Time is ticking down on 2017, so here’s an easy way to summarize what was happening in the alternative investment space this year – highlighting the top 10 posts on our Attain Alternatives blog based on the number of reads. Check them out below:
Back in April, we highlighted AQR’s AQMIX Fund, the bellwether of Managed Futures Mutual Funds, and looked into why it’s been underperforming the Managed Futures industry for most of the past two years. Hint: it’s really big.
There’s no better evidence of the necessity of diversification than the Callan Periodic Table of Investment Returns that makes the rounds each year, but it’s always missing Alternative Investments. We fix that in our redo of the table.
Artificial Intelligence, Algorithms, Quants, Computer Driven Strategies, FinTech. No matter how you phrase it, those buzz words are here to stay in the financial realm. But we still think the scope around the discussion of quants is far too small. What we find interesting isn’t classifying the money flows into quant strategies, but discussing what people are doing in the quant space overall; who and how algorithms are being built; where the lines blur with FinTech; and the lineup of players in the space.
We were a little confused at this WSJ headline, finding it a little disingenuous to pretend this is new at all. It’s at least as old as pre-financial crisis, as portrayed in a book called Quants penned by a WSJ reporter. But more than that – futures focused hedge funds have been doing quant stuff for decades. Some might even say they invented it.
Cryptology, decentralized ledger, theoretically tamper-proof? Before our imaginations run rampant, here was our best attempt at explaining Bitcoin:
Maybe it’s just us – but we don’t think a “wait-and-see” approach bodes all that well for a portfolio when it comes to volatility. It’s a little like trying to put on your seatbelt in the middle of the car crash. Over in the Alternative Investment space, we have a slightly different approach to dealing with volatility. We look at it as a tradeable asset, going both long and short volatility, hedging it, creating stat arb strategies around it, and generally seeking out how to squeeze alpha out of the know unknowns index – the VIX. Here’s our rundown from a panel of hedge fund managers heavily involved in the volatility space.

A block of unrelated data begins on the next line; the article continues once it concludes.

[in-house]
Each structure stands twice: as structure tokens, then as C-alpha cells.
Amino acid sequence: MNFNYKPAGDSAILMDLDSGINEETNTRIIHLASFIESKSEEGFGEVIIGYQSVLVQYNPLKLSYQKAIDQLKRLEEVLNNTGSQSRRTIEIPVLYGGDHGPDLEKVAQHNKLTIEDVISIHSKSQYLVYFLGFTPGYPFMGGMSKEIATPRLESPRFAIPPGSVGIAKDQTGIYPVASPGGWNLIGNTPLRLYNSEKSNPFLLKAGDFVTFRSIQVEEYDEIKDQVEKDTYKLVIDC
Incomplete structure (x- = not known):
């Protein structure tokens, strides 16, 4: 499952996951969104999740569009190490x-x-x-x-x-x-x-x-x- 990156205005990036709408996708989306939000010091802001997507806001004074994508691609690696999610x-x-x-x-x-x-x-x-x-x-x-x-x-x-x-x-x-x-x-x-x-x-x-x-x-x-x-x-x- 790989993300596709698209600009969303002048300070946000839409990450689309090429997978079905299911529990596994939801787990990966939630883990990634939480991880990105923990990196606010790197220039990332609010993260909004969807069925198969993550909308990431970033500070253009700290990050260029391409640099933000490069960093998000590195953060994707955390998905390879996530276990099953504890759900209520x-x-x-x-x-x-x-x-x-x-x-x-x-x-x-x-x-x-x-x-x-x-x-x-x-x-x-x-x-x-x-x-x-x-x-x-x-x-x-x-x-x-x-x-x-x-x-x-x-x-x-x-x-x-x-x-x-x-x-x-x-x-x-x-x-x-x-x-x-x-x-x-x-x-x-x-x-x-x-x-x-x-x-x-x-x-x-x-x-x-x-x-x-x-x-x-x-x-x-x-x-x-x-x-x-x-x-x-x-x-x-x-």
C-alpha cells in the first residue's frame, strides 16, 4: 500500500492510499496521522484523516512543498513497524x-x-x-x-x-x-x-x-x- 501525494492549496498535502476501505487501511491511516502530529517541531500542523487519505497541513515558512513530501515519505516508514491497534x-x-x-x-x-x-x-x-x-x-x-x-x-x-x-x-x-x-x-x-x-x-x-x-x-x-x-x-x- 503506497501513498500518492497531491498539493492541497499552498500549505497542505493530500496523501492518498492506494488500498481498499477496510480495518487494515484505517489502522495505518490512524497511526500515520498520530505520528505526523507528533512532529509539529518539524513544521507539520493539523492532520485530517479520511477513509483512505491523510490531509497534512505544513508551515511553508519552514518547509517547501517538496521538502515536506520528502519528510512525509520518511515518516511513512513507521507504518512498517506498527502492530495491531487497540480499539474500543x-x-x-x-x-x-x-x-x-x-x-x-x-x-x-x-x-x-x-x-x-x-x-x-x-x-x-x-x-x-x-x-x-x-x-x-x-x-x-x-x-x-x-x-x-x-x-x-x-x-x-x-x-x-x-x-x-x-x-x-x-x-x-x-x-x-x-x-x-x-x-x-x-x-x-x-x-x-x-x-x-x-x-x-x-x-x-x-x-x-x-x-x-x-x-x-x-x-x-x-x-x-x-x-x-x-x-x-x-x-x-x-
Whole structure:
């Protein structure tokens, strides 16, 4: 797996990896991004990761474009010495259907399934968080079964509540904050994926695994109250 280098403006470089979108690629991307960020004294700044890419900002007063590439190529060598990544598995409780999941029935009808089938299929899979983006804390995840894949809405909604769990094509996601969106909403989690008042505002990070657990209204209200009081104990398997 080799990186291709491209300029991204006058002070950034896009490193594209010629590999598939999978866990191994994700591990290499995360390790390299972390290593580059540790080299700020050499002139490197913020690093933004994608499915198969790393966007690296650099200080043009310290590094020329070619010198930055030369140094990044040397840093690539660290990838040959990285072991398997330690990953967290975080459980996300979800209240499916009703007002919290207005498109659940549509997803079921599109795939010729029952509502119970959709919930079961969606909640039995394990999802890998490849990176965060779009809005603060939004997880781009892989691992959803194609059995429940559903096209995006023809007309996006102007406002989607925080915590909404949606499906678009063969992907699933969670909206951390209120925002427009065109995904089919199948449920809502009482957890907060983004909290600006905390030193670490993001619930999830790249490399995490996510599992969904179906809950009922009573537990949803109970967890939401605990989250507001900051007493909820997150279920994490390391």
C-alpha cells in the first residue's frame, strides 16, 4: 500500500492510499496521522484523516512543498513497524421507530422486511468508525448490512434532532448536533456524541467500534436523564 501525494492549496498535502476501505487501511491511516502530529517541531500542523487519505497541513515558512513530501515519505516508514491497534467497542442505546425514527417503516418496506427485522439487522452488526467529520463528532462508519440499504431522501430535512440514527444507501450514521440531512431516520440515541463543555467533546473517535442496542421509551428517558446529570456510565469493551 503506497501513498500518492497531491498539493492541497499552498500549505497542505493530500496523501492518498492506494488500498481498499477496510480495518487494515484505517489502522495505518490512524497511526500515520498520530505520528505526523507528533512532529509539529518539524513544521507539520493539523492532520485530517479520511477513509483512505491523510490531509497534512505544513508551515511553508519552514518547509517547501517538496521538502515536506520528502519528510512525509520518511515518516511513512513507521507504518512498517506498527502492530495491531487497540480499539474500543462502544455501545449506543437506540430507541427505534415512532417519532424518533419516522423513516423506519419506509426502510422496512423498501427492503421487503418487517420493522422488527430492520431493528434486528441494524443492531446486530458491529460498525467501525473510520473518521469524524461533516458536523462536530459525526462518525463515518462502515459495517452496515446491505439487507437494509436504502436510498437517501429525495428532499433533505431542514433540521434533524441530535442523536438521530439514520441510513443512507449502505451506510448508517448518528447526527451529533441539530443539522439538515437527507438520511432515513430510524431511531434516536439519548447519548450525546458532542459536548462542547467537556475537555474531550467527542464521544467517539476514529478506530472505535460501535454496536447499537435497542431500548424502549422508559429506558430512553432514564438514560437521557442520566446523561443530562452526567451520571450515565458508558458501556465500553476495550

Bitcoin futures started trading on the CME and CBOE this year. Here’s the Bitcoin margins, Bitcoin Price Limits, and what you would need to know to invest in Bitcoin futures.
Bill Ackman had a very bad trade in Valeant. We analyze why this is not a referendum on all hedge funds, but instead a referendum on the wisdom of entrusting a single ‘activist’ to get it right, day in and day out, without fail. It’s a referendum on going with a human instead of a human-controlled robot. Systematic programs sure have their own issues from time to time – and aren’t the brightest crayon in the box currently (to borrow a line from Corrine), but those pale in comparison to these types of risk.
That’s actually a trick headline, as you can’t trade the VIX directly. It’s just an index of options prices. But you can invest/trade in products that track the VIX, like VIX futures, VIX ETFs, inverse ETFs, and more (here’s an in-depth research report). It’s called trading volatility, and with seemingly everyone giving it a shot of late (Billions are in VIX futures-related ETFs), we thought a nifty flowchart of just how to proceed would be worthwhile.
There’s been a growing chorus lately suggesting that perhaps the record low VIX readings aren’t due to record low feelings about volatility, but instead due to the dramatic increase in VIX products and assets betting on decreases in volatility. It sure feels like that is the case, with every move higher in the VIX seemingly smacked down earlier, and with more force, than the one before it. We’ve covered it before, but who wants to read when you can see it in pictures… infographic style:
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